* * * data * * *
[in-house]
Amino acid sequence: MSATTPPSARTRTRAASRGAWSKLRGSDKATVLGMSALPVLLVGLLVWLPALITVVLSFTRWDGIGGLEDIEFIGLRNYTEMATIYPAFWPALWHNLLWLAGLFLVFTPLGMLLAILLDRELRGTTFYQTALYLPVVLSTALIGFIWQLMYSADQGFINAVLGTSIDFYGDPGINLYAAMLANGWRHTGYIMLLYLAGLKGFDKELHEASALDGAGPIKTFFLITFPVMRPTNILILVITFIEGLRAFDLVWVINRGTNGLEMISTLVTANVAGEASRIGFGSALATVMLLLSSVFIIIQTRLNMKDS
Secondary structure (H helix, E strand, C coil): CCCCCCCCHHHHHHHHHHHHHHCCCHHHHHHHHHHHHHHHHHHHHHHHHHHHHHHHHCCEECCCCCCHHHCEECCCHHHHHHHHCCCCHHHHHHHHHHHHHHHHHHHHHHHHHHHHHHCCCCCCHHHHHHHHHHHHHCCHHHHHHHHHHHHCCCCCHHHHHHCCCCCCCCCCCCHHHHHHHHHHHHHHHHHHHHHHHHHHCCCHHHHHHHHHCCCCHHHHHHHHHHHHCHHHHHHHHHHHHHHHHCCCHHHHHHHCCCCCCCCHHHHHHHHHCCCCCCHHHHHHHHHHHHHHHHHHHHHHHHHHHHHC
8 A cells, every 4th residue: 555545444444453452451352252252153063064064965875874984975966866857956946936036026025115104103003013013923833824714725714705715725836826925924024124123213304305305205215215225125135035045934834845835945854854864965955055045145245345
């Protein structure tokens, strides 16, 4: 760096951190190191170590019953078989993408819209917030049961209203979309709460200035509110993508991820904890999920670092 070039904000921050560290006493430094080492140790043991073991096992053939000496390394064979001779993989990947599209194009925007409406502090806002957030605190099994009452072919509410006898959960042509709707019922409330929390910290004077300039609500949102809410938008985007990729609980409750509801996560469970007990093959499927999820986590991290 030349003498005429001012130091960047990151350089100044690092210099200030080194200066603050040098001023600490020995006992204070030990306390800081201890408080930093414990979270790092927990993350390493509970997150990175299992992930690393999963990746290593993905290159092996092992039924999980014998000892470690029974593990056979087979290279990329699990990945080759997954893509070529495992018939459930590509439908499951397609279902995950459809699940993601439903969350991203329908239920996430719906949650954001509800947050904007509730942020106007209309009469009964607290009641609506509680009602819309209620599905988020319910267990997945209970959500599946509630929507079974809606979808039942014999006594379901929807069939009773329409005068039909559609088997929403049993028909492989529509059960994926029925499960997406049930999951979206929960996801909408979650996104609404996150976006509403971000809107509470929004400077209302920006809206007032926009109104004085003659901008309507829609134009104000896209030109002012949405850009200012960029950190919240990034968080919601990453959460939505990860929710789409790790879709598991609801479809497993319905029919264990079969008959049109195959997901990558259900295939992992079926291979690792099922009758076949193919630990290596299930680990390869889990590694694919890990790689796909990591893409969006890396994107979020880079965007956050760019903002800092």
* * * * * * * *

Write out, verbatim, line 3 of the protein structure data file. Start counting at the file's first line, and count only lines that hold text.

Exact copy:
Secondary structure (H helix, E strand, C coil): CCCCCCCCHHHHHHHHHHHHHHCCCHHHHHHHHHHHHHHHHHHHHHHHHHHHHHHHHCCEECCCCCCHHHCEECCCHHHHHHHHCCCCHHHHHHHHHHHHHHHHHHHHHHHHHHHHHHCCCCCCHHHHHHHHHHHHHCCHHHHHHHHHHHHCCCCCHHHHHHCCCCCCCCCCCCHHHHHHHHHHHHHHHHHHHHHHHHHHCCCHHHHHHHHHCCCCHHHHHHHHHHHHCHHHHHHHHHHHHHHHHCCCHHHHHHHCCCCCCCCHHHHHHHHHCCCCCCHHHHHHHHHHHHHHHHHHHHHHHHHHHHHC